What is ForestFactory? Introducing our new partnership with Blenheim Estate

27th Mar 2024

Humanity has a tree planting problem. As the climate and nature crises escalate, we need to protect our forests and plant billions of trees to remove carbon dioxide from the atmosphere, address global warming and revive essential ecosystems.

In the UK alone, scientists are warning of the catastrophic collapse of forests within 50 years, if we don’t take action. Although the UK currently has ambitions to plant 30,000 hectares (equating to at least 30m trees of new woodland annually), there are many barriers to meeting this goal, such as seed shortages, low sapling survival rates and poor soil health.

Unless we find solutions to overcome these challenges, we won’t be able to plant trees at the speed and scale needed to meet our ambitious targets.

Three main barriers to mass tree planting

  1. Seed shortages

There are simply not enough seeds. In the US, research shows that reforestation efforts are already short of two billion seeds. Europe is suffering from a similar shortage.

Seed collection is a small-scale industry. Few people have the specialist knowledge and climate change is making it harder. Years of drought can halt a tree’s energy-intensive seed production. Warmer weather also causes an increase in the bugs that eat up surviving seeds. Forest fires are reducing the supply of trees from which to collect seeds.

The available seeds are not always the right ones for the environment in which they are to be planted. For instance, oak seedlings imported into the UK from Spain are not necessarily suitable for our climate or local biodiversity. Some species of trees also low germination success rates – 20,000 seeds may only result in 5,000 trees.

  1. Low sapling survival

Due to their unsuitability for the local environment, poor land preparation and poor root health, many saplings die in the two to three years they’re in polytunnels or when they are transplanted to their final site. A case in point is the tree planting around the HS2 railway line, which was meant to replace the ancient forests that were felled. Up to 80% of the young trees are estimated to have died since they were planted.

  1. Poor soil health

The basis of all terrestrial life, the thin layer of topsoil that covers the land is disappearing. And the soil that remains is often not fertile, with a third of it moderately to highly degraded. Healthy soil serves as the foundation for our woodlands, supporting not just the trees but also the fungi and microorganisms they need to thrive.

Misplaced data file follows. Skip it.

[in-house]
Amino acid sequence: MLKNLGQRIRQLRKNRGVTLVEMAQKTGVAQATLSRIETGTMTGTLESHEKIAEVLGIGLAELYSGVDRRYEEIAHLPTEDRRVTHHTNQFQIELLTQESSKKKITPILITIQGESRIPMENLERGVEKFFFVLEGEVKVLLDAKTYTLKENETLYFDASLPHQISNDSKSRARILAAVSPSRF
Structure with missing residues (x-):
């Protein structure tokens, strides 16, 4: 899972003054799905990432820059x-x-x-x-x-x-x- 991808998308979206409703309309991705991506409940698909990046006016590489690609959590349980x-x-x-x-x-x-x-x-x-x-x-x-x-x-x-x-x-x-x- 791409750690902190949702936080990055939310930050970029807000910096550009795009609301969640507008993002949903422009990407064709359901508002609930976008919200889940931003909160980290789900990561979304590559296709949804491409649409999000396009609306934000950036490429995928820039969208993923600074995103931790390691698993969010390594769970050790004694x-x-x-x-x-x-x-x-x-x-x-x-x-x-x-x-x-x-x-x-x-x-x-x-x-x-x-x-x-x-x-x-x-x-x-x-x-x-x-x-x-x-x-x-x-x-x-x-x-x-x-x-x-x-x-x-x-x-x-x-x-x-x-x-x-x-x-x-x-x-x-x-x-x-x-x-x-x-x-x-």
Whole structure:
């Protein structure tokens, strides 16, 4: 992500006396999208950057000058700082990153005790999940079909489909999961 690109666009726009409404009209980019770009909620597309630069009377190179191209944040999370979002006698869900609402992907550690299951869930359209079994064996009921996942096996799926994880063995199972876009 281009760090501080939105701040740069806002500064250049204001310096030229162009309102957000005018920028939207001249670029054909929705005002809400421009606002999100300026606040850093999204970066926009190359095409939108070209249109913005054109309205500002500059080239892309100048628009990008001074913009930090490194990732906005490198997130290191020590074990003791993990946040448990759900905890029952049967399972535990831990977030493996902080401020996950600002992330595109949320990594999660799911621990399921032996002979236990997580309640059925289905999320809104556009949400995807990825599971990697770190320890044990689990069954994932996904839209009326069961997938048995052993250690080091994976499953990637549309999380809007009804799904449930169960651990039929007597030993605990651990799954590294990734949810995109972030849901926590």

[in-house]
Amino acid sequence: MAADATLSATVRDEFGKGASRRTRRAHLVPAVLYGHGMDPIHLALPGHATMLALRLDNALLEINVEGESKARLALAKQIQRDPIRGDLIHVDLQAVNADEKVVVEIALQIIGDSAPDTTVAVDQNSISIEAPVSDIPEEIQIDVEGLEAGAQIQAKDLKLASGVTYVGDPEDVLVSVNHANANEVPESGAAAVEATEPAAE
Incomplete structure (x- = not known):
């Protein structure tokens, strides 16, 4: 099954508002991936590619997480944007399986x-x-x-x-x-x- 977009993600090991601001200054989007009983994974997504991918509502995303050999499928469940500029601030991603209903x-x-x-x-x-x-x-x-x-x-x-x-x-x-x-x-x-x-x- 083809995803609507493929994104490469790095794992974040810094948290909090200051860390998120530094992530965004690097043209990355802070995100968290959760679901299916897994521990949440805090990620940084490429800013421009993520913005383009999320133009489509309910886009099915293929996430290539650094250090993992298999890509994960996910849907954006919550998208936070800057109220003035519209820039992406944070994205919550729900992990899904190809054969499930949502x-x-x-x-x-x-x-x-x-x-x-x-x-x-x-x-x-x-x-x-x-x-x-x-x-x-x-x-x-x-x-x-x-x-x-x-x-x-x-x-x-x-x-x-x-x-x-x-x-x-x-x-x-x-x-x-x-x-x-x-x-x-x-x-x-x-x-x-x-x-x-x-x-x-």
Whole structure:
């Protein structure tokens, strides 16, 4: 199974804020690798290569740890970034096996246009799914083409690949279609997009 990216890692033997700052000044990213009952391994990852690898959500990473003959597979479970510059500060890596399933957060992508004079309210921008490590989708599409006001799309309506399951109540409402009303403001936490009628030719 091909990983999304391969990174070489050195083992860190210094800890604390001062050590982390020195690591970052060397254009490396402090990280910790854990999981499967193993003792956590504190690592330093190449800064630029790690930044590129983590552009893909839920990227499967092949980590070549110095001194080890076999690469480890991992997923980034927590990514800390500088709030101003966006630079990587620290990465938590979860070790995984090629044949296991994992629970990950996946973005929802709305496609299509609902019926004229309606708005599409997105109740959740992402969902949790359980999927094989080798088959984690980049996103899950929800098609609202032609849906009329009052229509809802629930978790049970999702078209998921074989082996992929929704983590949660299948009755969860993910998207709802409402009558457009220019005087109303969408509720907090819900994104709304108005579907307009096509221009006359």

Our mass tree planting solution

For the last three years, we have been working with Blenheim Estate, home to 12,000 acres of historic forest and woodland, to develop ‘ForestFactory’ – a new concept that uses innovative farming methods to tackle the barriers we face in mass tree planting and reforestation. We are now scaling up the project to prove the concept works.

Over the next three years, we aim to plant 600,000 trees across Blenheim Estate – creating all the seeds from native trees already growing there. If we can prove ForestFactory’s viability, we then hope to create a million-tree-a-year farm.

ForestFactory addresses tree planting issues using three methods:

  1. Propagation

To ensure the growth of vibrant woodlands, packed full of life, it’s crucial to plant trees that are not just from the right species – but are also native to the local area. To overcome this issue of limited seed stock, we take cuttings from local old-growth trees as inputs for our seedlings. We use the same basic technique as people have been using since the Agricultural Revolution to grow and breed plants from cuttings. Thanks to our innovative methods, we can use the old trees’ genetic material to create the volume of seedlings required for large reforestation projects.

  1. Vertical farming

We’re partnering with Vertical Future to grow saplings in vertical farms. By growing tree saplings in stacked shelves of trays under LED lights using hydroponics, we can mimic the conditions of the environment to which they’re headed. We simulate droughts and floods, so they have the right characteristics to cope with the reality of climate change.

We can also make them grow in specific ways. For example, if we use far-red lights, the saplings believe they’re in the shade and grow tall and spindly to try and break through into sunlight. In practice, we tend to use bright lights, so our saplings grow short and fat, which makes them hardier.

  1. Biochar

Soil health should be an essential component of any reforestation or afforestation project. To ensure the survival of our saplings, we enrich the soil in which we plant them with a mix of compost and biochar – a form of sequestered carbon made by pyrolysing waste organic materials, in the absence of oxygen. When applied to the soil, it not only improves its fertility and water retention capacity, but also helps capture and store carbon.

The world urgently needs solutions like our ForestFactory to solve the issues we face in protecting and rebuilding our forests. With our geo-specific, multi-disciplinary approach, our leading team of researchers and scientists are now turning this into a scalable solution that directly fights the effects of climate change.